Blockchain has been a catch-all for people trying to think outside the box. This gets a little tension in front-office processes like trading and whatnot. Rarely do we see people thinking about how you look at risk comprehensively by using one distributed ledger. How do you have multiple datasets and actually auditing them in a dynamic fashion?

Bitcoin is a way to think outside the box and push the boundaries. We do not rely on Bitcoin's code.

Q: Thank you for the presentation. The 42 banks, are any of them Chinese banks?

A: No.


Q: Is there any intention for R3 to address consumer paymetns?

A: Right now, what we're trying to tackle is capital markets. There are many parallels to what we see in the payment space right now. The type of adoption schemes that we could implement with capital markets. Ultimately this will benefit the consumer, it will put a lot of pressure on the sell side, we will see a new way to look at finance. It's Bitcoin-inspired but we're not imitating Bitcoin.

Q: One of the biggest things attracting people to Bitcoin is decentralized. Why would it make sense to centralize blockchain?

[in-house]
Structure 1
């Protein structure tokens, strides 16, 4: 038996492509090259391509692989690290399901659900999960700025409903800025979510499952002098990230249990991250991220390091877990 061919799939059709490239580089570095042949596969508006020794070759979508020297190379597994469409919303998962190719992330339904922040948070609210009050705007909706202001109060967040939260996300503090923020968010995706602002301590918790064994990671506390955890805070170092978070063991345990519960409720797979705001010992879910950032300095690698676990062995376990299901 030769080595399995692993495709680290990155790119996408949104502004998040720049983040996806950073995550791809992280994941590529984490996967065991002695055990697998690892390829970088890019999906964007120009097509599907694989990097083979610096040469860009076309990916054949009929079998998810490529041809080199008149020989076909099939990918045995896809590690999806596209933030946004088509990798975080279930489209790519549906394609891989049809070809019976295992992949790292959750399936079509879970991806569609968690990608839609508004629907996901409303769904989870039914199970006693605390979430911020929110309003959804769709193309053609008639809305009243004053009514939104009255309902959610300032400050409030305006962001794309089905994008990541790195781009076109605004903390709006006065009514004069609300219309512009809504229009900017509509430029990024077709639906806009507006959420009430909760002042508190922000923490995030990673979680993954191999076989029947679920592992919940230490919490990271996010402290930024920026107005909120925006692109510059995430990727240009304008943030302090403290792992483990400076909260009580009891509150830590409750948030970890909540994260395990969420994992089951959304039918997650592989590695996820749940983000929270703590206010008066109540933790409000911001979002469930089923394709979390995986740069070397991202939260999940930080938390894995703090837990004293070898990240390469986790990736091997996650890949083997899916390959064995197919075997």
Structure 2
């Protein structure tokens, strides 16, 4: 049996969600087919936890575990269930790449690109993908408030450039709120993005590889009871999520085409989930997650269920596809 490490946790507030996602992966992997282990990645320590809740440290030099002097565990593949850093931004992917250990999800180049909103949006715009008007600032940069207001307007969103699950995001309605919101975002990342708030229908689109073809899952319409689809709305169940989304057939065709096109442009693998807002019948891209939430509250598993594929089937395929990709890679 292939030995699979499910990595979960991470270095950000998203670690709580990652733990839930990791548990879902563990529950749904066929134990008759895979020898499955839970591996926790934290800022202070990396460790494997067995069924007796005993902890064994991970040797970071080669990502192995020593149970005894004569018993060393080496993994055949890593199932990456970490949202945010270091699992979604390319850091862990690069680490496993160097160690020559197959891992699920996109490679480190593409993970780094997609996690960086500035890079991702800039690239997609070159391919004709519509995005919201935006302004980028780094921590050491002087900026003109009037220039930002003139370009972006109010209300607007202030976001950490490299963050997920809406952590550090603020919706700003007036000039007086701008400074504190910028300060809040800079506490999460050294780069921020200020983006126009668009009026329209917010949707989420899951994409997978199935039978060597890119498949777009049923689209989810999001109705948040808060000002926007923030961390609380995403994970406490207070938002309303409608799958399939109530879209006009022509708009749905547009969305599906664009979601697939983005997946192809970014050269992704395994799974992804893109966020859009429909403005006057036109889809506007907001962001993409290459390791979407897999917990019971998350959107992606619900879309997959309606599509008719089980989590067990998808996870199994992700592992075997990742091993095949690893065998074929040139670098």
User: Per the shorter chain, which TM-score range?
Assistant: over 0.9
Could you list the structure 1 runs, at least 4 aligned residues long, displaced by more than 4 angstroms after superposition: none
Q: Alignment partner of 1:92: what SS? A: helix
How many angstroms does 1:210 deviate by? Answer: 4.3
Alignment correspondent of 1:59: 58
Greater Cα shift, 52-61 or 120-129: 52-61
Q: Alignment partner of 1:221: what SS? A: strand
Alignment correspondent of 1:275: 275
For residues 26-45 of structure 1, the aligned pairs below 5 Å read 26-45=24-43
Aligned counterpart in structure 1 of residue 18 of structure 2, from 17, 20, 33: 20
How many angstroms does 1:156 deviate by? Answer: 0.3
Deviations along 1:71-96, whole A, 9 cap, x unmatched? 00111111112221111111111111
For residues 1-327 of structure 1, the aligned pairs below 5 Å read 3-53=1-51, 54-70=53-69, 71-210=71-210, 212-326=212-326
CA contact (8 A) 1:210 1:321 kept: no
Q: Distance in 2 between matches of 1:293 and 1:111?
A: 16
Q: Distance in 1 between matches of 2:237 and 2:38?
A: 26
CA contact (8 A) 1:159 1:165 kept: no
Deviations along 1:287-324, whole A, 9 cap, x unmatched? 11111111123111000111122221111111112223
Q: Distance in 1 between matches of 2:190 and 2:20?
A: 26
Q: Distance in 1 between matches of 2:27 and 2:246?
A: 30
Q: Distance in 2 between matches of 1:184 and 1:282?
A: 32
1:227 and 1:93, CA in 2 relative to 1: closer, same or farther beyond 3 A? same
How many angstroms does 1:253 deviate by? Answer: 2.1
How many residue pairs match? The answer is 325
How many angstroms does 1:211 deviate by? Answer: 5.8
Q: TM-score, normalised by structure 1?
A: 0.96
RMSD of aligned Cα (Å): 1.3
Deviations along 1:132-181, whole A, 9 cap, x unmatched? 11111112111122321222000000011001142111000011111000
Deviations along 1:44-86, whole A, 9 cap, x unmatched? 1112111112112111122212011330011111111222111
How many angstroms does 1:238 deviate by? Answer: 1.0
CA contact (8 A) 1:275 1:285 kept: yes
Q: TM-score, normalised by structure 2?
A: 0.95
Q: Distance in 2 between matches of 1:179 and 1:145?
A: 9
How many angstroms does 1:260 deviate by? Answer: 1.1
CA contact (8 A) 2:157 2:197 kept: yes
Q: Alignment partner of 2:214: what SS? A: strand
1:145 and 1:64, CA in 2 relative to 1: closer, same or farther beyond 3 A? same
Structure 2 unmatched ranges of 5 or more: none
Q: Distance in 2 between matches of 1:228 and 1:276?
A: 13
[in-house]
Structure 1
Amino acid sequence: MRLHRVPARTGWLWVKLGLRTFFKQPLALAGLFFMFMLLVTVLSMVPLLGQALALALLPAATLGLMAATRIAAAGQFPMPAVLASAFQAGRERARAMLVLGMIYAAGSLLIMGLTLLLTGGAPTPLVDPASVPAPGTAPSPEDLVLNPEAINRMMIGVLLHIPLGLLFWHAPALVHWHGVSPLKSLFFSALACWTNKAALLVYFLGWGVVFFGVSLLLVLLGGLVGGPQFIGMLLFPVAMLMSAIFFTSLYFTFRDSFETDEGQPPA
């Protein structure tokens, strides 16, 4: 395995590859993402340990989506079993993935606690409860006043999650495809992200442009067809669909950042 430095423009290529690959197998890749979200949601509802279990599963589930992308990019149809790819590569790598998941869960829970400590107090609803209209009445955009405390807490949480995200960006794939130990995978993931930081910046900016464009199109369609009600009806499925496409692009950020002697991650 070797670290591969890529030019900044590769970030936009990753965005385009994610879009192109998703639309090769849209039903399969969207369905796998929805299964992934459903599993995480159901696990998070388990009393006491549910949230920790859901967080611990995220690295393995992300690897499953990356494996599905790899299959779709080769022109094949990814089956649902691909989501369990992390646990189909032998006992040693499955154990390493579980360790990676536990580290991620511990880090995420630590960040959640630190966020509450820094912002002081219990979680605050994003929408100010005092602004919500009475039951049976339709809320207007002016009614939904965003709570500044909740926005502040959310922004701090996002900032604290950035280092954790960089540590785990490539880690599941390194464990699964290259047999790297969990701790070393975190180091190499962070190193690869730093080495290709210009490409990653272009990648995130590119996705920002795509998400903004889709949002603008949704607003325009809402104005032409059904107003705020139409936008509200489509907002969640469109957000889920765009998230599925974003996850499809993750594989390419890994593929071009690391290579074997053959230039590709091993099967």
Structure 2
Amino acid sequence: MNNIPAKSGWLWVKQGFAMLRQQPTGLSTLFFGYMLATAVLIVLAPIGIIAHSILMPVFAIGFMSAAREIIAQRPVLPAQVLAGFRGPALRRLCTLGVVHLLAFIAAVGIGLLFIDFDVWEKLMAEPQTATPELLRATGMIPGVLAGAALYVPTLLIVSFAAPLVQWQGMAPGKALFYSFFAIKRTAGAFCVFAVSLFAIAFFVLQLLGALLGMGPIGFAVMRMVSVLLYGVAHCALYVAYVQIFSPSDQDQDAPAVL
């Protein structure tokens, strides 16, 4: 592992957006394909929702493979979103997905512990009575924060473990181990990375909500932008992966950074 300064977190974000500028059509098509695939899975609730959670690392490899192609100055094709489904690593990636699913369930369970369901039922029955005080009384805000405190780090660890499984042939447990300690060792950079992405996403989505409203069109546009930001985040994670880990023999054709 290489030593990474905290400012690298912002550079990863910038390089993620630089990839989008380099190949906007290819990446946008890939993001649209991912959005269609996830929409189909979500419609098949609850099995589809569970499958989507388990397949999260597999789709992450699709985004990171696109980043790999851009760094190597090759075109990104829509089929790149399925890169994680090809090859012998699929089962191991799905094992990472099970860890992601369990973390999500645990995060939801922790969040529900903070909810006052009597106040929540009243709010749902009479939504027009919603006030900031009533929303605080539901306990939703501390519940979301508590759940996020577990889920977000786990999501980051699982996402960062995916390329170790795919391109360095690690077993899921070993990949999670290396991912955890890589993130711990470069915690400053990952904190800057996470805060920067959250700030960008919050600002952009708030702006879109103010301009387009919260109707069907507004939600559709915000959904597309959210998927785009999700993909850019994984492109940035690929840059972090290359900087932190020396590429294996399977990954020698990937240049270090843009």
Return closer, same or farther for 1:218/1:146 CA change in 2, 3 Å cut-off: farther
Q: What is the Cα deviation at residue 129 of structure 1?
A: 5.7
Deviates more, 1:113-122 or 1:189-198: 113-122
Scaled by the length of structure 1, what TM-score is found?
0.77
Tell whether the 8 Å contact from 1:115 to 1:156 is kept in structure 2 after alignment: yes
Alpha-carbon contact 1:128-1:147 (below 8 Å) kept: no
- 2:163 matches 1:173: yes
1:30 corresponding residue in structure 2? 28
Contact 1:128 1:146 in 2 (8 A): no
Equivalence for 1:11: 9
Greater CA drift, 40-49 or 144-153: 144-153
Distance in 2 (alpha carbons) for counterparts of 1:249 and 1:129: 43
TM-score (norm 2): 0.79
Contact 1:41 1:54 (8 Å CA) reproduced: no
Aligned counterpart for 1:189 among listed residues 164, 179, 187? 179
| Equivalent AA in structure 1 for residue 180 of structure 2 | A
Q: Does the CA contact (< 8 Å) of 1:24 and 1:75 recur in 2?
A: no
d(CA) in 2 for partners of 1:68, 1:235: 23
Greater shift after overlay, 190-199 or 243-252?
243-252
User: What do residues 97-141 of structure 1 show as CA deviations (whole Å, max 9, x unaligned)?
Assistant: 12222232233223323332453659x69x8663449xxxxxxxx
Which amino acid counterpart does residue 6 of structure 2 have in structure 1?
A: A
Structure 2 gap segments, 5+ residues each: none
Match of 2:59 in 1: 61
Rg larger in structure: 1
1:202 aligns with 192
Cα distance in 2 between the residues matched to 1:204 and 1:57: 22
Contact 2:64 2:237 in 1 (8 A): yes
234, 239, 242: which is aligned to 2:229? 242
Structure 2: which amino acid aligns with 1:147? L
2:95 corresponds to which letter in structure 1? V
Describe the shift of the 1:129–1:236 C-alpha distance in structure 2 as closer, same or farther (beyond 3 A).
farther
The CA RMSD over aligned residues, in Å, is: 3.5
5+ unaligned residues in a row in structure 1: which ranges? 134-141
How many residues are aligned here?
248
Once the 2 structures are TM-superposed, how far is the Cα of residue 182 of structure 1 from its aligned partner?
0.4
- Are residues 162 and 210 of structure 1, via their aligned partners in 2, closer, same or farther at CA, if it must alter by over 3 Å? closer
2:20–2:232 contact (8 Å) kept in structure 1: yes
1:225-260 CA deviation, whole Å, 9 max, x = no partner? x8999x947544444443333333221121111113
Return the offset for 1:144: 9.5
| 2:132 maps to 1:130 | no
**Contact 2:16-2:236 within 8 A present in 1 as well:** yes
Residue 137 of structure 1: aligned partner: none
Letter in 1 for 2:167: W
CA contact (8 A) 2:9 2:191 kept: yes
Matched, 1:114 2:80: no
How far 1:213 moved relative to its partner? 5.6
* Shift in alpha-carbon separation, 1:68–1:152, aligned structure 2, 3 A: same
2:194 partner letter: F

A: You mean for private use cases? If we want to reconcile internal records... that's a sort of false application of distributed ledgers. Whta people tend to not appreciate if they don't work in a bank, I come from consulting for banks, you might think that these are machines that are finely oiled and stuff, but they have lots of databases that need reconciliation. When they say internal databases, they mean a construction database, you want the guy sitting in the department over from you who looks at your expenses, to be able to say hey that's weird why didn't that transaction clear. To have a more aduitable ....

Q: You have 42 banks in the consortium. People don't want to see other transactions. Zerocash? Confidential transactions?

A: Within groups in a bank, you can't see what they are doing, for regulatory reasons. At R3, our architecture group which is trying to build this financial-grade ledger which will underpin everything. We have three main concerns. Scalability, privacy and smart contracts business automation because you can't get to these numbers without automation.

Q: R3 is a part of hyperledger. How?

A: We are not focused on syndicated loans. Use cases are something we are dealing with on an interest by interest basis for each bank. For the hyperledger project, we represent our members' interest. There are 5 donated code bases donated to the hyperledger project. It will be an experiment to see which one serves the best uses of our members. It's open-ended.

Q: My question is about privacy. What sorts of transparency and auditability do banks really want? How do you plan to enforce that? What about permissioned access and revoking permissions?

A: This will fault to our product team which will be more of a case by case basis. Bilateral transaction between two parties.